What do you do when you wrote, passed, and defended to the death in a Supreme Court steel-cage match a law that doesn't quite work — and you no longer have the votes to make any new changes? You cross your fingers, let the Internal Revenue Service rewrite it through the rulemaking process, and hope that the words "IRS rulemaking process" cause eyes to glaze over before too many people start to care.
That's what happened with the rule the IRS wrote governing subsidies for federally run exchanges. The plain language of the law states that the subsidies and tax credits for private insurance shall be available only in state run exchanges. In the only discussion of that provision in the Congressional record, Democratic Senator Max Baucus noted clearly that the subsidy conditions were designed to encourage states to set up their own exchanges. But despite the clear language of the law, and despite the only clear indication of the intention behind the provision, the IRS wrote a rule allowing subsidies in federally run exchanges anyway.
Michael Cannon of the Cato Institute and Jonathan Adler of Case Western Reserve University have argued that this makes the IRS rule illegal. I suspect they are right. Cannon and Adler have jointly authored a long and quite convincing rebuttal to defenders of the IRS rule over at the journal Health Affairs. If they are right, it could be a fatal blow to the law. It now looks as if about half of U.S. states will not set up their own exchanges, leaving the federal government to step in. As The New York Times noted over the weekend, those preparations are being undertaken largely in secret, perhaps because of the many administrative hurdles to creating the federal exchanges, including the problem that the law provides no substantial funding to do so. If the IRS rule is judged illegal, that will further complicate the federal exchange implementation process, perhaps to the point of permanent delay. As Rep. Scott DesJarlais (R-Tennessee) noted at a Congressional hearing on the IRS provision last week, the debate over the legality of the rule is "about whether ObamaCare can continue to exist."
Nor is this the only instance in which it appears that the IRS has stepped in to attempt to rewrite a potentially unworkable part of ObamaCare. As Robert Book of The Heritage Foundation explains at Forbes, the IRS has also attempted to adjust a provision in the law surrounding the employer mandate:
The most well-known part of the employer mandate requires employers to provide "qualified coverage" or pay a penalty of $2,000 per full-time employee (after the first 30, if they have at least 50). Less widely known is a special penalty that applies only to companies that do offer coverage: a $3,000 penalty for each employee who qualifies for, and accepts, a federal premium subsidy for coverage purchased through the state-based exchanges. An employee is eligible for such a subsidy, and can thus trigger the penalty, if the employee's share of the health insurance premium is "unaffordable" – which is defined as more than 9.5% of the employee's familyincome, if the employee's family income is also between 138% and 400% of the federal poverty level (FPL). The intent appears to be to discourage employers from "dumping" their lower-income employees onto the taxpayers by setting high employee premium share – although it might just as well discourage employers from hiring people from low-income families.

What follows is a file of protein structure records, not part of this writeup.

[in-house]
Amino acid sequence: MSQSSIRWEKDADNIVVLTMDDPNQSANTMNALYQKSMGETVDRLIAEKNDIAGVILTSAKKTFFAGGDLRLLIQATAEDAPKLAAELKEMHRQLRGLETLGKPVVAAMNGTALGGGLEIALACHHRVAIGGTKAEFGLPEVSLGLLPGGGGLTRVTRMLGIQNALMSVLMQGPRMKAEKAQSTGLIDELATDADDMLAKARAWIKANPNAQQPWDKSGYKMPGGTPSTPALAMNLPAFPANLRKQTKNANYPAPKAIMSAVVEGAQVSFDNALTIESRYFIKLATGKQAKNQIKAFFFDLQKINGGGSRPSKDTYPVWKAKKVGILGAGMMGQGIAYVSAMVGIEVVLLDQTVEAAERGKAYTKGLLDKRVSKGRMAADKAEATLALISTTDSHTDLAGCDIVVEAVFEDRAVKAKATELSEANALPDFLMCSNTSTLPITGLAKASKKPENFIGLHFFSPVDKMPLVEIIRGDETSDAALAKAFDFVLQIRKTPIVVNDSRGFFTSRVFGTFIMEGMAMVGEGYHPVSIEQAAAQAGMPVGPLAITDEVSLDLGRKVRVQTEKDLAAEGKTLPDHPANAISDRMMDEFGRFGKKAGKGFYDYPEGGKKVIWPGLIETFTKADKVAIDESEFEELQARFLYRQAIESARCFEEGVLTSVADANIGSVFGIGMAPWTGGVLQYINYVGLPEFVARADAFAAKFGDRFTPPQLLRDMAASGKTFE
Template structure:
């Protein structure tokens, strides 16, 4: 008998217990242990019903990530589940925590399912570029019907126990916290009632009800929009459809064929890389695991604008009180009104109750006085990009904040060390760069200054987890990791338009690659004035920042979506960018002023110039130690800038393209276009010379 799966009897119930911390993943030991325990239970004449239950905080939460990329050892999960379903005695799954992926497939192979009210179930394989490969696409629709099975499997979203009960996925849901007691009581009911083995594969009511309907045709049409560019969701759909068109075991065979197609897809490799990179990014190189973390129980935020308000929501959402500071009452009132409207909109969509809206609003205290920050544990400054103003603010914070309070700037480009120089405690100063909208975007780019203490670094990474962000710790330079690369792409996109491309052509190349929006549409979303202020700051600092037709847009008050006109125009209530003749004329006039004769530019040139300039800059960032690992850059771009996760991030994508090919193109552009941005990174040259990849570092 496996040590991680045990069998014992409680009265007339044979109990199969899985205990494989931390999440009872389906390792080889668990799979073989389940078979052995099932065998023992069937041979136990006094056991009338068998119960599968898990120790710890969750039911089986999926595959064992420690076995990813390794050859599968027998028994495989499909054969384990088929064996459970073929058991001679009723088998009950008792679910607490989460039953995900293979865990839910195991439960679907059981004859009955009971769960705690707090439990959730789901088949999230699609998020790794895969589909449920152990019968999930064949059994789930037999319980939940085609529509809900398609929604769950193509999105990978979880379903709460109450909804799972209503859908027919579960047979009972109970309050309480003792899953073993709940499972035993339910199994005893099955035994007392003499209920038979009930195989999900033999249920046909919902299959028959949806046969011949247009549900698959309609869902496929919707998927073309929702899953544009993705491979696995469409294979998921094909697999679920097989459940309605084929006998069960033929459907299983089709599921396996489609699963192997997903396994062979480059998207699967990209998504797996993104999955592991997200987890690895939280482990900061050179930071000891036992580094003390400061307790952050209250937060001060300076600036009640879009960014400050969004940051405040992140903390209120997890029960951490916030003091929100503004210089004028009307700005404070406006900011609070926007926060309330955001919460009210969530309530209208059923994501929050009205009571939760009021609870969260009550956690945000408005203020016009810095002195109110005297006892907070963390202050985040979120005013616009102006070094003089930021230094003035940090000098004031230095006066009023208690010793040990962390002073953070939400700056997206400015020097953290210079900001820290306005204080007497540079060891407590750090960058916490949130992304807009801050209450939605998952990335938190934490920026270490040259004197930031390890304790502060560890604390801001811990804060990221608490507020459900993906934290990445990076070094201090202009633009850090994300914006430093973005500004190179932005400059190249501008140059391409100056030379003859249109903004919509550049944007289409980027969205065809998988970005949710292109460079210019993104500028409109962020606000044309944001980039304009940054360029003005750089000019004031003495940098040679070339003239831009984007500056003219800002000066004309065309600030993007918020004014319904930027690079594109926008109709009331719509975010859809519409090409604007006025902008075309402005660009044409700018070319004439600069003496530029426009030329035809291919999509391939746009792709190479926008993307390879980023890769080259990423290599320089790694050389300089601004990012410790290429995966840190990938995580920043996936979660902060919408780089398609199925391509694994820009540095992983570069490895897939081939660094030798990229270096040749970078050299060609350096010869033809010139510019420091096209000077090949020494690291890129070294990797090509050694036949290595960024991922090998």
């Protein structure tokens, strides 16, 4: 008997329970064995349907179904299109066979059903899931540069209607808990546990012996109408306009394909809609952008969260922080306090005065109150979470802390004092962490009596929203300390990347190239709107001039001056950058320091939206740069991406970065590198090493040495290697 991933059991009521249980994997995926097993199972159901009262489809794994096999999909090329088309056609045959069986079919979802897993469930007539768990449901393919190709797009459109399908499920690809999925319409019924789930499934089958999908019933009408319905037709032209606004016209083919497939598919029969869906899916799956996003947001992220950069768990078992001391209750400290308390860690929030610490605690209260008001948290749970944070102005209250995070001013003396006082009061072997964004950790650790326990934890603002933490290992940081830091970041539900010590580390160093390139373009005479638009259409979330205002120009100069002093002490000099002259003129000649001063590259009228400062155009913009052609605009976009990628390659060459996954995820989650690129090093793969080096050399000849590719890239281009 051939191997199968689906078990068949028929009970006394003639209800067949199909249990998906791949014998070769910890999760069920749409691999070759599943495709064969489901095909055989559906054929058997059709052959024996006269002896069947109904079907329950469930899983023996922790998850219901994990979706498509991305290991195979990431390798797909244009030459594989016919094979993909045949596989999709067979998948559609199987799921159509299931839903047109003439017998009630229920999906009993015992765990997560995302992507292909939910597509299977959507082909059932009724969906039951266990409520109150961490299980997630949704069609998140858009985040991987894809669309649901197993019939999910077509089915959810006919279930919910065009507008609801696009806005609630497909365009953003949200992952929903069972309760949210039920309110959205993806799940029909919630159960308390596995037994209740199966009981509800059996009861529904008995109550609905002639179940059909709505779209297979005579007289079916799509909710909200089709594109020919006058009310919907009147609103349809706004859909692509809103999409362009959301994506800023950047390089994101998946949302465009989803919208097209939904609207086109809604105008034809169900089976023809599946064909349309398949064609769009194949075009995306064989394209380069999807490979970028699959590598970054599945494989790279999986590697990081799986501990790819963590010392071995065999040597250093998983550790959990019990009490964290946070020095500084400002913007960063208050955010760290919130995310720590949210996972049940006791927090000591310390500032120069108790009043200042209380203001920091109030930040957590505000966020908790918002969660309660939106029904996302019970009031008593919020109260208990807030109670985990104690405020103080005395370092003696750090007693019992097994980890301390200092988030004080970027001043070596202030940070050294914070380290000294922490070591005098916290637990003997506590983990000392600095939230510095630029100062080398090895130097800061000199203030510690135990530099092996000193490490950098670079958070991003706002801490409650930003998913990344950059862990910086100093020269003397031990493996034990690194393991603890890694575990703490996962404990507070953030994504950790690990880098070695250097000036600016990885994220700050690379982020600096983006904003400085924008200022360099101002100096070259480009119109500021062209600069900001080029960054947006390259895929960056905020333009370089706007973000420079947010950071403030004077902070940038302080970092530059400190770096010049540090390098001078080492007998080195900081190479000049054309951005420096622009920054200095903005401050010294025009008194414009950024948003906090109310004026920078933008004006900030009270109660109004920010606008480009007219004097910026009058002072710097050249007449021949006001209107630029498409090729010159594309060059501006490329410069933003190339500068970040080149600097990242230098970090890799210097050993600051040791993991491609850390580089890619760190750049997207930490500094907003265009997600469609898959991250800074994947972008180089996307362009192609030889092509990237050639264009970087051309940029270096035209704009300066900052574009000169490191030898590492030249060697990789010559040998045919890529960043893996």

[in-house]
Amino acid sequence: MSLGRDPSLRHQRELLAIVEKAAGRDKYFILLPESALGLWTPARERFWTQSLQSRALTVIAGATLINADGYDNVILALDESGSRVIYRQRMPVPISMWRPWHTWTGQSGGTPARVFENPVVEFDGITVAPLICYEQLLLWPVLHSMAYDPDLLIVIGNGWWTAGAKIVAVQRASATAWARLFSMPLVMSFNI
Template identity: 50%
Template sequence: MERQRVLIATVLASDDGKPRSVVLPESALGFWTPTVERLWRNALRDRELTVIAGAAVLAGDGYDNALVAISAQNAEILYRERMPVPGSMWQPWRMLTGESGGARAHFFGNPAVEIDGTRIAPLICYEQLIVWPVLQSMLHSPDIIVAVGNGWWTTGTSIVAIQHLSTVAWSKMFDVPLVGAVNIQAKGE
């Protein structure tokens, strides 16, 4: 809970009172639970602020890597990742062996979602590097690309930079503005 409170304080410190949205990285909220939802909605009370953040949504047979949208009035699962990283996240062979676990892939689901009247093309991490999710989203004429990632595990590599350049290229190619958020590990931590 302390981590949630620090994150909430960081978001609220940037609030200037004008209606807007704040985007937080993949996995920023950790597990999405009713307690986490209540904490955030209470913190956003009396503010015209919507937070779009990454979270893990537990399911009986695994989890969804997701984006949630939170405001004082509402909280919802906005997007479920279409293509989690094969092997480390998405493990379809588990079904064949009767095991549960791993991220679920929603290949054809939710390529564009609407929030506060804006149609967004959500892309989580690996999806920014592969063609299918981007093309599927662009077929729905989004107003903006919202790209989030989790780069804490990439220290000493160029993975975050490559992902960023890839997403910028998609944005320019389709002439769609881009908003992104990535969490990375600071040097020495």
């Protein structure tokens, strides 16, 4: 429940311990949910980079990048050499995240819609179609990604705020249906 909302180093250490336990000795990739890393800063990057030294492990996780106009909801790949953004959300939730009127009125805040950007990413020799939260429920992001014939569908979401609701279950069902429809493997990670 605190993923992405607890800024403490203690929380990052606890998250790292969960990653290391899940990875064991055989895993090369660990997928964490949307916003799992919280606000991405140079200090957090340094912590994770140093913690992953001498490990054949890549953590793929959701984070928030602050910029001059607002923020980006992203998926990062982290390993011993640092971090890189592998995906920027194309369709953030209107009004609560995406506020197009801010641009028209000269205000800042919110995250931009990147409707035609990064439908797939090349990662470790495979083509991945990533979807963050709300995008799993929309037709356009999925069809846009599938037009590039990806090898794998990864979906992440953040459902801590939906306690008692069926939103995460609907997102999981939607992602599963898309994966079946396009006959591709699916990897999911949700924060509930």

When informed of this provision, employers naturally ask, "How are we supposed to know our employee's family income?" Employers know what they pay, but they normally don't know the employee's income from other sources, or the income of the employee's other family members. The answer based on the legislative language is basically, "You aren't supposed to know – the IRS will tell you when they figure out your penalty." (The law sets up a complex system of reporting and information sharing between employers, insurers, state exchanges, the Department of Health and Human Services, and the IRS, that will allow the IRS to determine which employers owe this penalty for which employees.)
Of course, without that information at the time they set premiums, it is difficult for employers to do what the law apparently wants them to do, which is to set premiums low enough to keep employees ineligible for subsidies.
The IRS responded to this eminently reasonable concern by proposing an "affordability safe harbor" that employers can use to avoid the penalty based on information they actually know. Employers would not be assessed the penalty if they offer coverage to their employers and dependents, and if, in the language of the Federal Register, "the employee portion of the self-only premium … does not exceed 9.5 percent of the employee's current W–2 wages from the employer," which the employer knows.
This certainly sounds like a much more practical requirement. Unfortunately, it's not what the law says, and executive branch agencies like the IRS aren't supposed to issue regulations that contradict laws passed by Congress.
Democrats passed the bill so that we could all find out what was in it. Now it appears that Democrats don't quite like what was in the bill, and are hoping the IRS can save them from their own unworkable legislation.